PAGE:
The national average price for a gallon of regular gasoline in the United States broke records repeatedly during the first two weeks of May, according to the American Automobile Association. AAA is a privately held not-for-profit national member association and service organization with more than 60 million members in the United States and Canada. Its nationwide survey on gas prices found that, as of May 16, 2022, nearly every state has passed the $4 per gallon price.
Gas price fluctuations—up 30.8% per gallon in the U.S. from one year ago—are felt on a personal level, but they’re often influenced by sudden events and major policy shifts across the country and world. Natural disasters like hurricanes that shut down refineries along the Gulf of Mexico—where roughly half of America’s crude oil is processed—can drive prices up almost immediately. As during the First Gulf War with Iraq in 1990-91 or with Russia’s invasion of Ukraine in February, military conflicts involving oil-producing countries can also cause ripple effects worldwide.
The cost of crude oil, set by global supply and demand, is the country’s most significant determinant for gas prices. Currently, high seasonal demand, rebounding travel in the wake of COVID-19 restrictions, weak domestic output, and international sanctions against Russia—a massive player in the global oil market—are all contributing to ever-increasing prices at the pump.
We examined AAA data to see how gas prices have changed in every state over the past year, including in our nation’s capital in response to global events. States on the East Coast have seen the most painful price increases at the pump.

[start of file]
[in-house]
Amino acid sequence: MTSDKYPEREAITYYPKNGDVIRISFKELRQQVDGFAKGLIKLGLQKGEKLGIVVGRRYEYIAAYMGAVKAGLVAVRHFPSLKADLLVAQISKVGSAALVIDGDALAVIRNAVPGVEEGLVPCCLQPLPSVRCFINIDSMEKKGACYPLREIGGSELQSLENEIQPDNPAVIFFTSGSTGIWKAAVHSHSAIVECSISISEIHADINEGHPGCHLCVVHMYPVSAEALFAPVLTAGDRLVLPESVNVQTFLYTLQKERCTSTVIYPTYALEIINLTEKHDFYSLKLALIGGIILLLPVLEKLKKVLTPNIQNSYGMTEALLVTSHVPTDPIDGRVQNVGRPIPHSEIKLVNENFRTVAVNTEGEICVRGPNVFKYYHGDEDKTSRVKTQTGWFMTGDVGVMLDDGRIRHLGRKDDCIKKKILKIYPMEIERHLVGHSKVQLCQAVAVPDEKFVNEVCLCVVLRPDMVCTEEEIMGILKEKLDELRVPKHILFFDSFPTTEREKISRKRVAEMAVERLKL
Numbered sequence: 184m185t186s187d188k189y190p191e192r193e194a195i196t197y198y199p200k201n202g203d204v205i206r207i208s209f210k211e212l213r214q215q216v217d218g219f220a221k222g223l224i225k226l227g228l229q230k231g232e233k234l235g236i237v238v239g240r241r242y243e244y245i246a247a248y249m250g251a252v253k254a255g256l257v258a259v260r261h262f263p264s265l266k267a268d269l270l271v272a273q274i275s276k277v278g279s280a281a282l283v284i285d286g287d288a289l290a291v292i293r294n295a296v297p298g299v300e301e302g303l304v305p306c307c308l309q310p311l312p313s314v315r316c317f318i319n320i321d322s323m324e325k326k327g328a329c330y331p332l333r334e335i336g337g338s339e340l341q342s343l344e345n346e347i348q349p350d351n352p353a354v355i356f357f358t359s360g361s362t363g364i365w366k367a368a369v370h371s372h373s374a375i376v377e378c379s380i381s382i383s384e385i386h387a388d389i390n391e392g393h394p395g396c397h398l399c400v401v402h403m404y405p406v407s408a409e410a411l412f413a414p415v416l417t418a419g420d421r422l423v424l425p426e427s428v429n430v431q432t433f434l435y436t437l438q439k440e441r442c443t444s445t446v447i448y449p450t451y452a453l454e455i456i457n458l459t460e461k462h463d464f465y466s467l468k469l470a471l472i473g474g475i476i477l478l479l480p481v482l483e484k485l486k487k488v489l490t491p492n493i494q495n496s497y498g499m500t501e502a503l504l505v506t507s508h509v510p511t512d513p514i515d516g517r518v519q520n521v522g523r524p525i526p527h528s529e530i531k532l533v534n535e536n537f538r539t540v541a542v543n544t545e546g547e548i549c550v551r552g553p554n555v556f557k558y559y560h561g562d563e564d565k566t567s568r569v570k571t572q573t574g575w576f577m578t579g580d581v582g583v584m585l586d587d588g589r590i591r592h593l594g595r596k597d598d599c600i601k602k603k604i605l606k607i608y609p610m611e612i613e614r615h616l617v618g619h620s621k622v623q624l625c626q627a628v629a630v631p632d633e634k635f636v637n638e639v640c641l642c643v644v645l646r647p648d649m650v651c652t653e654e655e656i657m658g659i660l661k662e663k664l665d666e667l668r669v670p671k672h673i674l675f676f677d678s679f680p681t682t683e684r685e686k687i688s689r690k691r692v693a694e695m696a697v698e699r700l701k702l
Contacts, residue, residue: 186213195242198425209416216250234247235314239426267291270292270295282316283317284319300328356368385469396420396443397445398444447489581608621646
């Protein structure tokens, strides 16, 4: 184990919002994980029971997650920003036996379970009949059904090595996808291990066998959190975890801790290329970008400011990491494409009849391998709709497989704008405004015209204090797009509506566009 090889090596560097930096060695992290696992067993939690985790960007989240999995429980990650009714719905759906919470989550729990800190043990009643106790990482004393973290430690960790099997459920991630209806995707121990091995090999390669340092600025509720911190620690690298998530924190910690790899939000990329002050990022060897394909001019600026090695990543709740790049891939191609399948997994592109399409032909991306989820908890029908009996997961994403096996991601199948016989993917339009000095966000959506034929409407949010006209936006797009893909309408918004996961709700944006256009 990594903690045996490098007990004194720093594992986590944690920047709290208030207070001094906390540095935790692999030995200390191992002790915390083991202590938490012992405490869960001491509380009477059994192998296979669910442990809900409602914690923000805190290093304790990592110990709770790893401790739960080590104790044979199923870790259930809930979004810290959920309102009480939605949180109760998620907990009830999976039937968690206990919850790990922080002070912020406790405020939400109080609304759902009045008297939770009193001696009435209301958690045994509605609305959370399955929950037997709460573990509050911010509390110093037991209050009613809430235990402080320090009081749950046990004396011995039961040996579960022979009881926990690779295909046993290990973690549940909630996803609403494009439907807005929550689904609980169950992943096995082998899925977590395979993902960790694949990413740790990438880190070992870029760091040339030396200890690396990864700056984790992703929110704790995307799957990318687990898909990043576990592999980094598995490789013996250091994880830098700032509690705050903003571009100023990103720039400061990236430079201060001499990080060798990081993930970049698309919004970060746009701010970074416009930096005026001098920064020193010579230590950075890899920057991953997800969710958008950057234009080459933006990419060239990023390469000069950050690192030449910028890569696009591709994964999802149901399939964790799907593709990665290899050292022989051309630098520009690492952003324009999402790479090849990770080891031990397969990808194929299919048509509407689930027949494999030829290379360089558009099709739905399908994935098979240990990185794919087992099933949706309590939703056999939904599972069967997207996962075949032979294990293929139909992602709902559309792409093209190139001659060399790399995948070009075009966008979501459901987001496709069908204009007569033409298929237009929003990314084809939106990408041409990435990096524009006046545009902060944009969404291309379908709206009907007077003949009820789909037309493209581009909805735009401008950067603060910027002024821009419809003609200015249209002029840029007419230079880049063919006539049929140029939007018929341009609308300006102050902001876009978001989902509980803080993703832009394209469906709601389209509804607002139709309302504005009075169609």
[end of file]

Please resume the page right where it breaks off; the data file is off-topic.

Price increases occurred across the U.S.
Every state and Washington D.C. saw gas prices increase over the last 12 months. While the national average is well above the $4 mark and hovered closer to $4.50 in mid-May, major cost discrepancies exist between states and within state borders. Living close to a regional oil hub can keep prices down. Meanwhile, living in a state with high fuel taxes like California can add up at the pump: Drivers in the Golden State pay 51 cents per gallon in gas taxes compared to those in Texas, who pay 20 cents per gallon.
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Russia’s invasion of Ukraine revived global oil demand
As the world’s largest country spanning the Eurasian landmass, Russia is a top exporter and the third-largest producer of crude oil. However, sanctions levied by the U.S. and the European Union in response to Russia waging war against neighboring Ukraine have reduced Moscow’s ability to sell crude, even as limited global supplies have paradoxically increased Russian export revenues. This is partially due to the sanctions stopping well short of a full international boycott.
Unlike the U.S. Congress, the EU’s 27 member countries cannot agree upon a total ban on Russian oil imports. Hungary, which remains heavily reliant on Russian imports, opposes the harshest restrictions. Recently the U.S. was importing just 3% of its crude oil from Russia, making a ban more than feasible. But other partner countries remain more reliant on Moscow for their supplies, including NATO member Turkey. Since its widely condemned invasion, Moscow has exploited these divisions within the EU, while selling crude at a discount to U.S. trade and security partners beyond Europe, including to India. Like many other commuters in Asia, Indians are driving more after the lifting of pandemic restrictions. The same trend is seen here in the U.S.